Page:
Extra: Ahmadinejad Fires Foreign Minister, Appoints Salehi as 'Interim'
by MUHAMMAD SAHIMI
13 Dec 2010 21:06
In two letters, President Mahmoud Ahmadinejad has appointed Ali Akbar Salehi, the head of the Atomic Energy Organization of Iran and one of his 12 vice presidents, as the country's interim foreign minister, and has fired Manouchehr Mottaki from the position. This happened while Mottaki is in Senegal to convey his boss's message to the president of that country.
Alaeddin Boroujerdi, chairman of the Majles' National Security and Foreign Policy Committee, said that he is shocked by the news and that he had not been informed, learning about it it only when reporters asked for his views on the matter. He also said that there had not been any talk or speculation about the potential for Mottaki's removal. Another member of the committee, Mohammad Karami Rad, who represents Kermanshah, said that it would have been better if Mottaki's firing had taken place after some deliberation and consultation. Other long-time diplomats, such as Hamid Reza Asefi, former spokesman for the Foreign Ministry, refused to comment.
In August 2009, when Ahmadinejad was putting together the cabinet for his second administration, he tried to replace Mottaki with Saeed Jalili, secretary-general of Iran's Supreme National Security Council and chief nuclear negotiator, but was blocked by Supreme Leader Ayatollah Ali Khamenei. Jalili himself received his appointments in a surprise move when, in 2007, Ali Larijani was removed from the two posts.
The latest move is another indication of mounting tension between Ahmadinejad and Khamenei. Two weeks ago, the Supreme Leader met with a group of experts to discuss an "Islamic-Iranian way" of development -- none of Ahmadinejad's cabinet members were invited.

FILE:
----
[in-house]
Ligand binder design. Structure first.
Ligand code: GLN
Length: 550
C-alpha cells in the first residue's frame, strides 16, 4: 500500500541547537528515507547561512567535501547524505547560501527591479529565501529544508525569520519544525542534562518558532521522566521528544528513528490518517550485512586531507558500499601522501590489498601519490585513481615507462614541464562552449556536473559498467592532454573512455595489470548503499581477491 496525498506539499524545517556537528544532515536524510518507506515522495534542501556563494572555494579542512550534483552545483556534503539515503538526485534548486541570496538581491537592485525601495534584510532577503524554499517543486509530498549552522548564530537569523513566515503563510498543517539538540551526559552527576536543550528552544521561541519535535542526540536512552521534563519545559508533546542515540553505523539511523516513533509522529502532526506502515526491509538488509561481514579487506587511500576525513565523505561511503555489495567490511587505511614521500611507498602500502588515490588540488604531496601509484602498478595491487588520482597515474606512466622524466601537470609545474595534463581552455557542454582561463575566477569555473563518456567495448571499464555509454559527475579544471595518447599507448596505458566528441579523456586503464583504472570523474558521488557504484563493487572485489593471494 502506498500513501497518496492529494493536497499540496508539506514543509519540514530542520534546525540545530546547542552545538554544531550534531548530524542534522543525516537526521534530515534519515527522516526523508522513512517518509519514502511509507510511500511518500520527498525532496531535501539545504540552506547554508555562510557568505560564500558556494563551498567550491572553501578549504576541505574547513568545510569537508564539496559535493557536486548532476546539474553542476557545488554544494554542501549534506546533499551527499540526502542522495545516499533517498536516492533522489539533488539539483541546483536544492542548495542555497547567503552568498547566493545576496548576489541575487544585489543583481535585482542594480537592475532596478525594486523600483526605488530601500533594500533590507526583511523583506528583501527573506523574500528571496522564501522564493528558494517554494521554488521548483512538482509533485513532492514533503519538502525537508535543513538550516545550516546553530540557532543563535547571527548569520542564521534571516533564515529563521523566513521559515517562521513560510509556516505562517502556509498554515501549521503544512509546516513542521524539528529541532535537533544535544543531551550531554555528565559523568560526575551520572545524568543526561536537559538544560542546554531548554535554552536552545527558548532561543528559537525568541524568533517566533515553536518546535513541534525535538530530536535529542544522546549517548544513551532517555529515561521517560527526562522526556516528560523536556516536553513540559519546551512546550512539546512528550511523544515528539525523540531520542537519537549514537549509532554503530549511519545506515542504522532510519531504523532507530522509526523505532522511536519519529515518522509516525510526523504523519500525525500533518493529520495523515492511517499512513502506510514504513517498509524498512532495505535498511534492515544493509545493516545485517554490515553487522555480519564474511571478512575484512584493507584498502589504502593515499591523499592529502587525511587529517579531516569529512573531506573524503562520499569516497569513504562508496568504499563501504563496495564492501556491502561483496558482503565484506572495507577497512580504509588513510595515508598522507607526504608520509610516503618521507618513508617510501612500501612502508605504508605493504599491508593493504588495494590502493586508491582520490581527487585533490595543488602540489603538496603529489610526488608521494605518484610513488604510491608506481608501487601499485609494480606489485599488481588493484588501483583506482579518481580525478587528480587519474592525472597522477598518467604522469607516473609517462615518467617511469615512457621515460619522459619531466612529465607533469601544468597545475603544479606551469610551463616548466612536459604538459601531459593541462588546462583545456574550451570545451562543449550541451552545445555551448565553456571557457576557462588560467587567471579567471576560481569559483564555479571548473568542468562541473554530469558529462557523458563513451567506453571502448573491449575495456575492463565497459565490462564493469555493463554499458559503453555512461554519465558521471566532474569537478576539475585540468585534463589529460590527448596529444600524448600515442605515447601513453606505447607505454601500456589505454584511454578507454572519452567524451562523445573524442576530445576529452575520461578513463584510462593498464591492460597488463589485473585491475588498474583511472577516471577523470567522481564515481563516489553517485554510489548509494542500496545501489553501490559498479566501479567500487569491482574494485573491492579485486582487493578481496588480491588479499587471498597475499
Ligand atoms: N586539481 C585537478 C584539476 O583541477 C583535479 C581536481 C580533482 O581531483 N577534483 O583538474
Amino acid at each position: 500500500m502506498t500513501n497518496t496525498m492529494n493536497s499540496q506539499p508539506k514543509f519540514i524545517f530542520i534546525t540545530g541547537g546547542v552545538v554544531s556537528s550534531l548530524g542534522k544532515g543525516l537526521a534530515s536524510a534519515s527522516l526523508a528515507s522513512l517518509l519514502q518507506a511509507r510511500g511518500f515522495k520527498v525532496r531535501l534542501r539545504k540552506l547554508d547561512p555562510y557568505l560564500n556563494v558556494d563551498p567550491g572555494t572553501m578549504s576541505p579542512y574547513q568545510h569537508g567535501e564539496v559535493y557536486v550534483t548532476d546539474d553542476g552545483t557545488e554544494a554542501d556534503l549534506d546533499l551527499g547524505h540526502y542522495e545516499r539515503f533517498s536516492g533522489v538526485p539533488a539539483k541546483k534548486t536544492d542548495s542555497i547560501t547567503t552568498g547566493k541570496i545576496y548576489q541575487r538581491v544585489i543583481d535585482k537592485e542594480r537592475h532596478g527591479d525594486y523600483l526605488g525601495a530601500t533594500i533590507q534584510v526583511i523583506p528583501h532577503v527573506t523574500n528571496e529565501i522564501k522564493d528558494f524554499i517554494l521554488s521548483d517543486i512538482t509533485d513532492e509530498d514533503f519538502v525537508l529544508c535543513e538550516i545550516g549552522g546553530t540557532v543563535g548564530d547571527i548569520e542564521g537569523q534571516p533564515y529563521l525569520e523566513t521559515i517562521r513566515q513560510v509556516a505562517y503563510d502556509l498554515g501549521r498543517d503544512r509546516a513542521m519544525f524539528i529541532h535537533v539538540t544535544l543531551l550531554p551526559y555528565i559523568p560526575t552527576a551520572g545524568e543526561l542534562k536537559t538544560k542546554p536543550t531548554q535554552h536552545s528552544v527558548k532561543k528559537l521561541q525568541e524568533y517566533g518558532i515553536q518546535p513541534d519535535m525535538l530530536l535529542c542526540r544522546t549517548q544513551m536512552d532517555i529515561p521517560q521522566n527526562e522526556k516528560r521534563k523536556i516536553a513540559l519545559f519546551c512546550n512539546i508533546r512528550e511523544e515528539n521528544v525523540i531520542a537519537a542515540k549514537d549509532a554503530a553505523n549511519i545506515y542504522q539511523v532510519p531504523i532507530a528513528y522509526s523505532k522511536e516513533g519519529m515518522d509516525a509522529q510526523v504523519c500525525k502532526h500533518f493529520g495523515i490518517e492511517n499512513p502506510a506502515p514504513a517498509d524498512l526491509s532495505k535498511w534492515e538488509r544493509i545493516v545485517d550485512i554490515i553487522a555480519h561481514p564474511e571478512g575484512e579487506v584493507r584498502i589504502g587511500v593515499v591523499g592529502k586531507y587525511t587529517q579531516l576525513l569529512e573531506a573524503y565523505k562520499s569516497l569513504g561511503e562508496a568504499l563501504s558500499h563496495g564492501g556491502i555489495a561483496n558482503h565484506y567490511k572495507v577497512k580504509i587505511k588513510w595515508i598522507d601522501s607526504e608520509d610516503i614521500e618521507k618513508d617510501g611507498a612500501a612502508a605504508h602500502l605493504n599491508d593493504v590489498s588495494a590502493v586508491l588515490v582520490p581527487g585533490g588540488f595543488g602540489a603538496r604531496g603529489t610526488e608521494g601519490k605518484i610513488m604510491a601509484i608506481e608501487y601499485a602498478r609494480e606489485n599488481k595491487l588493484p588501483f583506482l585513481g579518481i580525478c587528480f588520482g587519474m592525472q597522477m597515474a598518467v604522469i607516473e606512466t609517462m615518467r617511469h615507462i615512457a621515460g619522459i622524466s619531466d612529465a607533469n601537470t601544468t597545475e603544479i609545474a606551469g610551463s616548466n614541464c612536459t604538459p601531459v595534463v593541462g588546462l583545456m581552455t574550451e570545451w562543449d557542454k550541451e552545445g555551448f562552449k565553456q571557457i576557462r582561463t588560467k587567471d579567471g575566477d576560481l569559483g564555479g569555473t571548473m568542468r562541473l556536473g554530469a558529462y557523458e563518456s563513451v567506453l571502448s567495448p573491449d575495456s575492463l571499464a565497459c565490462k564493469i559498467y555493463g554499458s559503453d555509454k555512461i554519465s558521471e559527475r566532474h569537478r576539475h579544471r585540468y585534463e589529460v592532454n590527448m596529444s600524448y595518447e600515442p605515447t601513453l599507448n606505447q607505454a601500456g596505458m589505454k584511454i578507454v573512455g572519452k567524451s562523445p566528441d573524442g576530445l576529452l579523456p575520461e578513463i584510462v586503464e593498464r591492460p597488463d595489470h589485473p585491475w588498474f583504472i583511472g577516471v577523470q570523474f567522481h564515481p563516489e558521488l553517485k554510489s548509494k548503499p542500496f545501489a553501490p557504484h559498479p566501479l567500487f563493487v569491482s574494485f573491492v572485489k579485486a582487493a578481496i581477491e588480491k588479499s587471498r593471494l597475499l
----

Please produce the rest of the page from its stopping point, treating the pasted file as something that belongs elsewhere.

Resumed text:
Copyright © 2010 Tehran Bureau
Iran's President Fires Foreign Minister
Washington Post | Dec 13
The president thanked Manouchehr Mottaki for his more than five years of service -- spanning Ahmadinejad's entire time in office -- but gave no explanation for the change in a brief statement on his website.
In the past year, there were reports that Mottaki opposed a decision by Ahmadinejad to appoint his own special foreign envoys to key areas such as the Middle East, Afghanistan and the Caspian Sea region. Mottaki found the appointments embarrassing to the foreign ministry and allegedly took his complaint to Supreme Leader Ayatollah Ali Khamenei, who has the final say on all state matters.
Khamenei reportedly sided with Mottaki, forcing Ahmadinejad to moderate his position and change their title only to the level of advisers.
It was not immediately clear how long Salehi would remain in the caretaker role. The semiofficial Fars news agency says Mohammad Ghannadi, a prominent nuclear scientist, is expected to replace Salehi as the new nuclear chief -- an indication Ahmadinejad wants him to keep the job permanently. Ghannadi is currently Salehi's deputy at the Atomic Energy Organization of Iran.
Salehi -- or any other candidate -- has to win a vote of confidence from the 290-seat parliament to be appointed to the job.